Nfld. & Labrador

Walrus makes a rare appearance on N.L. beach — and draws a crowd

An errant walrus on the Avalon Peninsula drew a lot of attention over the weekend, though wildlife officials are asking people to give the animal its space.

DFO officers asking people to keep their distance from walrus

'Seeing a walrus in person, seeing the enormity of the creature and the skin texture and its tusks, it's amazing,' says photographer Alick Tsui. (Submitted by Alick Tsui)

An errant walrus on Newfoundland's Avalon Peninsula is drawing a lot of attention, though wildlife officials are asking people to give the animal its space.

Middle Cove Beach in the town of Logy Bay-Middle Cove-Outer Cove is a popular spot in the region, particularly in June or July for the annual capelin roll, as locals collect the fish after they spawn.

But this weekend's visitor was somewhat bigger than a capelin. 

An Atlantic walrus, possibly a juvenile animal due to its medium size and smaller tusks, was spotted sunning itself on the beach Saturday. 

One person who saw the walrus Saturday was photographer Alick Tsui, who had been hiking in Logy Bay when he got a notification through social media that the walrus had arrived. 

"Seeing a walrus in person, seeing the enormity of the creature and the skin texture and its tusks, it's amazing. And I don't have to go anywhere to Russia or Alaska to see a walrus — it's right here in our backyard in Newfoundland," he said.

Tsui says the walrus was just relaxing on Middle Cove Beach. (Submitted by Alick Tsui)

Tsui said the sight had already attracted a crowd when he arrived at the beach late Saturday afternoon, but people seemed to be keeping their distance.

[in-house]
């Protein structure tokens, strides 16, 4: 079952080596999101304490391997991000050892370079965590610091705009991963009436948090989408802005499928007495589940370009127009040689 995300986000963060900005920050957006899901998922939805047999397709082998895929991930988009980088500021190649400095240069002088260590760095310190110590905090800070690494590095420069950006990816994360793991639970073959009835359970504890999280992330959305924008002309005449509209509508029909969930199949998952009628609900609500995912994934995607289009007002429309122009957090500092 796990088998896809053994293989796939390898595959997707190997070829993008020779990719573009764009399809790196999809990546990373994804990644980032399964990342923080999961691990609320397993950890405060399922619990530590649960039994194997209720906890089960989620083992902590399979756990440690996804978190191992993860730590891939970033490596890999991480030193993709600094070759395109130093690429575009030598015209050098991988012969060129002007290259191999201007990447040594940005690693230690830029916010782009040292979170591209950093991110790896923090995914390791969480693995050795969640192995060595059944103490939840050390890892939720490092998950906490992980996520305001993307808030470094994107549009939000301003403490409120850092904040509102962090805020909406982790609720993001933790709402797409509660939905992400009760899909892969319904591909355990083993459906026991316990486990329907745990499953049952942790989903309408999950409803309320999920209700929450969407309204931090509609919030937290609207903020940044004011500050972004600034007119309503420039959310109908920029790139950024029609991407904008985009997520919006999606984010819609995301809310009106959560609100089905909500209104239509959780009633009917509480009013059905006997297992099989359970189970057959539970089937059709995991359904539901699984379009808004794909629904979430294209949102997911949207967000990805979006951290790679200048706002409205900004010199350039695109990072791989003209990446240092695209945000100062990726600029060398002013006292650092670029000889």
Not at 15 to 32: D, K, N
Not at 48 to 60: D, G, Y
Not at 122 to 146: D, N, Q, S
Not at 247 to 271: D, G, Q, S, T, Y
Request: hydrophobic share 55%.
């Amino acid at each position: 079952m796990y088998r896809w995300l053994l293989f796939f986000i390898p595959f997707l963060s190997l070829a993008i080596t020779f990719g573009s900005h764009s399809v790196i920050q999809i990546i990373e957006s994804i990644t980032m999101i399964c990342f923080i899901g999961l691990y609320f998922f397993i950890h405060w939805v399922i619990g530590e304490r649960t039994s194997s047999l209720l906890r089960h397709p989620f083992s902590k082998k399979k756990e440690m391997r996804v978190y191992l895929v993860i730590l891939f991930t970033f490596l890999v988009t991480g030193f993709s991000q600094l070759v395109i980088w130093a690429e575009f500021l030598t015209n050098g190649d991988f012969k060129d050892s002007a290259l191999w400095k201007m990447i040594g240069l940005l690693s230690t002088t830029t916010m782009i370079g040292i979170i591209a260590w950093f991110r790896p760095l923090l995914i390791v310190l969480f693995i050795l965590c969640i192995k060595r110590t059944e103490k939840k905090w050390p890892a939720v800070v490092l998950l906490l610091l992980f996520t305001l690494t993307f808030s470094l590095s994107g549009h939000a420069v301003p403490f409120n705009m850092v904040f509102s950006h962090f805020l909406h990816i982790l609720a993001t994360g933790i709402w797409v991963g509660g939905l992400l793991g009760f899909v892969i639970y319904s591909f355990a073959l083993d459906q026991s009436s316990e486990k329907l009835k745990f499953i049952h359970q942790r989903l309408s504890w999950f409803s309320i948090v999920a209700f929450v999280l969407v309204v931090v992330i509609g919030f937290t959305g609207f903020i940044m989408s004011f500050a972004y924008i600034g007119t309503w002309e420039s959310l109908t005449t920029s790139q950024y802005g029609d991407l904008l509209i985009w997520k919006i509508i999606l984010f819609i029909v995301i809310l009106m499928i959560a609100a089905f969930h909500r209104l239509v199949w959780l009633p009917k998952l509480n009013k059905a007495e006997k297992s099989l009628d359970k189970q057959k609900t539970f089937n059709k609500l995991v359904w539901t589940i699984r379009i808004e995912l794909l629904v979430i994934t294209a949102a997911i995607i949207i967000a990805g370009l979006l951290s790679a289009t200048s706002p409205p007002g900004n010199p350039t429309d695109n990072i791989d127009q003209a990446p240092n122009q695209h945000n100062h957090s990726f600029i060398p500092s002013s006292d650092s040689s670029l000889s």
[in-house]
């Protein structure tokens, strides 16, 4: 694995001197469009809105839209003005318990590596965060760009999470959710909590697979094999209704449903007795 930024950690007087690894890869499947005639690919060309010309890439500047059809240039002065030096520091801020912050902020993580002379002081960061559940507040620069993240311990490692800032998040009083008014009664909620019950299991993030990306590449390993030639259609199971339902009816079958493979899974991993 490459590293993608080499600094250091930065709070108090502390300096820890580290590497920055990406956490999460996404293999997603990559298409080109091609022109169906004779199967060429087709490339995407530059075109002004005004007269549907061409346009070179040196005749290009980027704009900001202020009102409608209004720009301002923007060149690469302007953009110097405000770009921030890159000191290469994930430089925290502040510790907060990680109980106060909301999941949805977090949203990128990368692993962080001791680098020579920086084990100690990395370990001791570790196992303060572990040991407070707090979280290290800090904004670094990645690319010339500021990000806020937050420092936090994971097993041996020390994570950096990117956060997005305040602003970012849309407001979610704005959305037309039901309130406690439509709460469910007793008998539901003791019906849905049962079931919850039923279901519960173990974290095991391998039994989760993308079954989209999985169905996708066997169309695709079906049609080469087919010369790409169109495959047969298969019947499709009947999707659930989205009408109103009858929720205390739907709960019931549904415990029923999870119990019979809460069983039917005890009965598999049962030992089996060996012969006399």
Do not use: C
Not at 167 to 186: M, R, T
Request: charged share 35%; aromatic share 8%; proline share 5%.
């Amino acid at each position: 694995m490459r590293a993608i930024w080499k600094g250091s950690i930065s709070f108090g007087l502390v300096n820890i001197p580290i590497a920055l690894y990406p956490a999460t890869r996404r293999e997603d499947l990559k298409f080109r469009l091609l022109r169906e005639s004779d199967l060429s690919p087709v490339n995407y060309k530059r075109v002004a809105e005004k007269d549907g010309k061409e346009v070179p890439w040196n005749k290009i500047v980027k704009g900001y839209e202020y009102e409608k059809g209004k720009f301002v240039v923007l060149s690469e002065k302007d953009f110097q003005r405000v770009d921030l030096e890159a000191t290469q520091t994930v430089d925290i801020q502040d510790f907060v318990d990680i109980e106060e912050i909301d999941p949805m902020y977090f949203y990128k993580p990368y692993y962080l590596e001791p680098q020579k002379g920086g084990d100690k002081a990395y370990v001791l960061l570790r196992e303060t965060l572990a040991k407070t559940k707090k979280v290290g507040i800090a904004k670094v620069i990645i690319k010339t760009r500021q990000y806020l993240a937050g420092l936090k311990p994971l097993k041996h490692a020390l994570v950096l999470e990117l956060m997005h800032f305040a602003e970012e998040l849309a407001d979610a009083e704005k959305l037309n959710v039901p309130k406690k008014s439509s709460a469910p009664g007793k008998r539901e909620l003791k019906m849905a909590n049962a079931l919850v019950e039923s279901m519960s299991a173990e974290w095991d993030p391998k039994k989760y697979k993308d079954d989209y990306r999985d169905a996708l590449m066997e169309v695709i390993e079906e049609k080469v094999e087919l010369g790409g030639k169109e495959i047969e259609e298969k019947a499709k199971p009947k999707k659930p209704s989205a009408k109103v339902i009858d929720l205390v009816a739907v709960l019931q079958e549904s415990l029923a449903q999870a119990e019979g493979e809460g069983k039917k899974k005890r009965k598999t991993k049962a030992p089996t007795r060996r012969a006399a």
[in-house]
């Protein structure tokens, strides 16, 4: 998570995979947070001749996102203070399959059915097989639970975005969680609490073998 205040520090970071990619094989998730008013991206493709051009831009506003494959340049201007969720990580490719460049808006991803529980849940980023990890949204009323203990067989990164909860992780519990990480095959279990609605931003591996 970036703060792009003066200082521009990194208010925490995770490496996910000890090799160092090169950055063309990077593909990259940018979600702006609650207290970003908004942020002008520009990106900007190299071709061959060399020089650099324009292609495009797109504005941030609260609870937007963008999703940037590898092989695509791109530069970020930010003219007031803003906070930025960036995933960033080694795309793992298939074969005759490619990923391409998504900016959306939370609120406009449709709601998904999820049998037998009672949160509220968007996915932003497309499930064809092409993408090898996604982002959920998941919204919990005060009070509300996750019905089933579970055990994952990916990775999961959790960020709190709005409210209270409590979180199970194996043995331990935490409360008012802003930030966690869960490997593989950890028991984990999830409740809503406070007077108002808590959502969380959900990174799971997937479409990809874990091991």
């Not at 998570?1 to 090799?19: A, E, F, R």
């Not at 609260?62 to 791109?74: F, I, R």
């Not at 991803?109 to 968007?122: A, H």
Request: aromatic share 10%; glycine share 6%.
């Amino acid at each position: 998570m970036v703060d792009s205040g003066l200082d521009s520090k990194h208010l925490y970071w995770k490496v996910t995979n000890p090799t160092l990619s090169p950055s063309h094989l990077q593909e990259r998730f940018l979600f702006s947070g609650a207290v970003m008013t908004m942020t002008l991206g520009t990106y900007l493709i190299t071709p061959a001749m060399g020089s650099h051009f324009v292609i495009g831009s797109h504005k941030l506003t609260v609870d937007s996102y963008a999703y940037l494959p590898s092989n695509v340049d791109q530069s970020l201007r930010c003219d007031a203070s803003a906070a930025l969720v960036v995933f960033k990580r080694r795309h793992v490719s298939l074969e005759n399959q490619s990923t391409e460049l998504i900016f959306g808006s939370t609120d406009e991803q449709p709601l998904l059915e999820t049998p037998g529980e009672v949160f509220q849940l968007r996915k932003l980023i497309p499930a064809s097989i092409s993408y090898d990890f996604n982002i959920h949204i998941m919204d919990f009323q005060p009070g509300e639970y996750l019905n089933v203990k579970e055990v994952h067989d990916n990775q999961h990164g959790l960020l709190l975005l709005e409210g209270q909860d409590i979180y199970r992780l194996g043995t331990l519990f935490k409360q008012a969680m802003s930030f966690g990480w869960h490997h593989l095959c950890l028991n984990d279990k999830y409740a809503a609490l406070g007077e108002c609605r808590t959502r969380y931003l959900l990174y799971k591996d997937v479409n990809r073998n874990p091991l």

"You have to stay a safe distance out of harm's way because a walrus is a wild animal," Tsui said, "so you never know how a wild animal can respond to human intimidation. So I think we were behaving really well."

Fisheries officers ask viewers to keep distance

While not unheard of, a walrus this far south is rare.

On Sunday, the Department of Fisheries and Oceans posted a light-hearted tweet, asking people to let him enjoy his nap.

Crowds of people continued to flock to the beach for a view of the animal, prompting the department to place a pair of officers on guard and ask the crowd to keep a safe distance.

By Sunday afternoon, the walrus had attracted quite a crowd of onlookers, but most kept their distance. (Andrew Hawthorn/CBC)

In an email to CBC News on Sunday, DFO said fisheries officers were on the beach to protect both the walrus and people, and the officers would  ensure the walrus has clear access to the water. DFO research scientists have also visited the beach.

The department said it's not unusual for walruses to snooze and bask in the sun, but while frequently docile, they can be dangerous and can move on land as fast as a running human being. 

"We understand that people are excited to see this walrus. It is a rare occurrence here, but people should stay well back from the walrus and frankly, just leave it alone," a DFO spokesperson said.

The department said marine mammals are subject to the provisions of regulations under the Fisheries Act, which requires people to stay a minimum of 100 metres away from a walrus.

But as of Sunday afternoon, the walrus appeared interested only in sand and sun. Tsui said the walrus seemed to be enjoying itself.

"A lot of people were thinking that the walrus was in distress. Apparently he was checked and seems to be in good shape and just trying to get a lazy day on the beach for Newfoundlanders to observe."

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Andrew Hawthorn


Andrew Hawthorn is a writer and reporter working with the CBC in St. John's.